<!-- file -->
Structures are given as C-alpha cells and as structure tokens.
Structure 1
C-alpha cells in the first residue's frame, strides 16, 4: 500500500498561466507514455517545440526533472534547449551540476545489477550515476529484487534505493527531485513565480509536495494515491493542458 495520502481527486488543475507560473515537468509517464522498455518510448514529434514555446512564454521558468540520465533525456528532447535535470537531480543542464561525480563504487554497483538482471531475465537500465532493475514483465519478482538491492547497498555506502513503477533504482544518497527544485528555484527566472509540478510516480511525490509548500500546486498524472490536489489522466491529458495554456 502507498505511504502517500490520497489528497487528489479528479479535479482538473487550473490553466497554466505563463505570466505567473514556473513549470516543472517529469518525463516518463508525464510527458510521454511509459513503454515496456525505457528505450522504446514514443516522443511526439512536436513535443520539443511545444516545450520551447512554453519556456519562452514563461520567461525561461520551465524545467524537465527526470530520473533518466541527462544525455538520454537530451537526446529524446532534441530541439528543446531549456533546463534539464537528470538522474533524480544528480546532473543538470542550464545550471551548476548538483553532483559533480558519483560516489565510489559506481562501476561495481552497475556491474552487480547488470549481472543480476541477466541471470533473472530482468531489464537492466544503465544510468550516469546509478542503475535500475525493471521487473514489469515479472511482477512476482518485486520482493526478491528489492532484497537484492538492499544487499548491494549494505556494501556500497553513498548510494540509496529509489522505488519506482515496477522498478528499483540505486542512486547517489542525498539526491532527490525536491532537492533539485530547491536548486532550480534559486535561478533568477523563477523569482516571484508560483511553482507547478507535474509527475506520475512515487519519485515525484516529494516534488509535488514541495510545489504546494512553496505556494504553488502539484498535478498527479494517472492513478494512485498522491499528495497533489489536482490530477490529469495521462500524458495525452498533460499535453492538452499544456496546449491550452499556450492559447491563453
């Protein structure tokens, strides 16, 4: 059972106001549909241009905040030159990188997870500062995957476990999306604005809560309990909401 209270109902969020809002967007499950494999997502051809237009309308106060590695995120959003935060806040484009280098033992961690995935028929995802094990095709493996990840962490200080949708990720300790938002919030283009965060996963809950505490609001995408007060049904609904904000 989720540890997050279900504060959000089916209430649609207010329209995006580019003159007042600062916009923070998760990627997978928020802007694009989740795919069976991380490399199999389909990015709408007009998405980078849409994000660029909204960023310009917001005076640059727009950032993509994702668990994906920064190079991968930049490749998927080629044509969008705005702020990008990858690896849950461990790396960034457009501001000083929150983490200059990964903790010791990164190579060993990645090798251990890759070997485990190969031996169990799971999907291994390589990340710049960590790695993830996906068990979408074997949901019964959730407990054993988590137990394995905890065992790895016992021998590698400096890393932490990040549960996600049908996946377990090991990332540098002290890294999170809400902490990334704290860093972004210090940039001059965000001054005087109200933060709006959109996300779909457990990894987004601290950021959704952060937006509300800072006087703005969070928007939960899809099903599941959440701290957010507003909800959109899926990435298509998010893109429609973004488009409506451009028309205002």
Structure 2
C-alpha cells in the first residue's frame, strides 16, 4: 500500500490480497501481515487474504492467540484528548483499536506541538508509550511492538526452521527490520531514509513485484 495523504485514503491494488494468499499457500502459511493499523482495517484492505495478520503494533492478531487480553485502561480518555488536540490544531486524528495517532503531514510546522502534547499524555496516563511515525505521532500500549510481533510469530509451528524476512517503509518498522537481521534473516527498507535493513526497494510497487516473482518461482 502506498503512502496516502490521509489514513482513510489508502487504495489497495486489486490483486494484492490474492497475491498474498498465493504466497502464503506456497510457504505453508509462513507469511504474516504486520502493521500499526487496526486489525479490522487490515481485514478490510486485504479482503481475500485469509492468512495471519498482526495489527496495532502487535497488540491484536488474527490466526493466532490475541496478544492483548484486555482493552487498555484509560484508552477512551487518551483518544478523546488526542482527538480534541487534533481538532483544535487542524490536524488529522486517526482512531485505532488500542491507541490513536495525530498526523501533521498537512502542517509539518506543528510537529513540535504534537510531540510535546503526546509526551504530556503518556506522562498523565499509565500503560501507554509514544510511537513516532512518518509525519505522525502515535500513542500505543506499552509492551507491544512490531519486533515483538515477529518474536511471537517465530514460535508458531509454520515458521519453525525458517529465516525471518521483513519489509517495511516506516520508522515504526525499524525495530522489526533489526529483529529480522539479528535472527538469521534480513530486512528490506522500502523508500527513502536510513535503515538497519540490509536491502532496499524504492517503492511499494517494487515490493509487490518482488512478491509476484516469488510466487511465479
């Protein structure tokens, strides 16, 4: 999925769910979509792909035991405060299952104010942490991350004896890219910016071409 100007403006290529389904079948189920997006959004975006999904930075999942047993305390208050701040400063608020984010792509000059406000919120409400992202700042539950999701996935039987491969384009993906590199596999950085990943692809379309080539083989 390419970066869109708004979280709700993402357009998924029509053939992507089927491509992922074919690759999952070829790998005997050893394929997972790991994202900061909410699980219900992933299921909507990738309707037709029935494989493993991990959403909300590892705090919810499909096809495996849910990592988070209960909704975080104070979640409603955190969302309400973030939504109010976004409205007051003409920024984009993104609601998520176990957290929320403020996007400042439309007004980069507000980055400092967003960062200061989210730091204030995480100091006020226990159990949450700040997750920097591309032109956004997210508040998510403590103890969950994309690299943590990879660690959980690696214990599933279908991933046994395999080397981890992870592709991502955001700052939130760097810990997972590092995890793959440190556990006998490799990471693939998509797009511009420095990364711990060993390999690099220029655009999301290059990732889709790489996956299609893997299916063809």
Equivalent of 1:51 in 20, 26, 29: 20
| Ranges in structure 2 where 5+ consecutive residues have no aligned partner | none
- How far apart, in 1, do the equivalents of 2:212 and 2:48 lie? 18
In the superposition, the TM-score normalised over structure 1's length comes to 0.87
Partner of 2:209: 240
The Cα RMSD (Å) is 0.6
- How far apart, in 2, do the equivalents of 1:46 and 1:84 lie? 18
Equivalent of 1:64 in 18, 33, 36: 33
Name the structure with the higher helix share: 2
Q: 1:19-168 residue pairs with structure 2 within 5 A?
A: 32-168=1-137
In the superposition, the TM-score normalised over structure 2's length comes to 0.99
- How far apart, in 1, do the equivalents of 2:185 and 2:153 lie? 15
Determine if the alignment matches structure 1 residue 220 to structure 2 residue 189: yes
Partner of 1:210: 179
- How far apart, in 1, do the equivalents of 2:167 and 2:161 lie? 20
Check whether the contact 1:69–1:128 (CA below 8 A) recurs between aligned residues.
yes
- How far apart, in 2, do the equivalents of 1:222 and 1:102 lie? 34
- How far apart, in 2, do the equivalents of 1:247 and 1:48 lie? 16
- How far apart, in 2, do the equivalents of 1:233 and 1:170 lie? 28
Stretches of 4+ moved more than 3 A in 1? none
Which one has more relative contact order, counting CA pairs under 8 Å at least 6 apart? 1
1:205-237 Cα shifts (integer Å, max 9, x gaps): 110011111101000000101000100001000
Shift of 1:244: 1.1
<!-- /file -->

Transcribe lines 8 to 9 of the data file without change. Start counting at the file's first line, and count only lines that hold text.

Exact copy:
Equivalent of 1:51 in 20, 26, 29: 20
| Ranges in structure 2 where 5+ consecutive residues have no aligned partner | none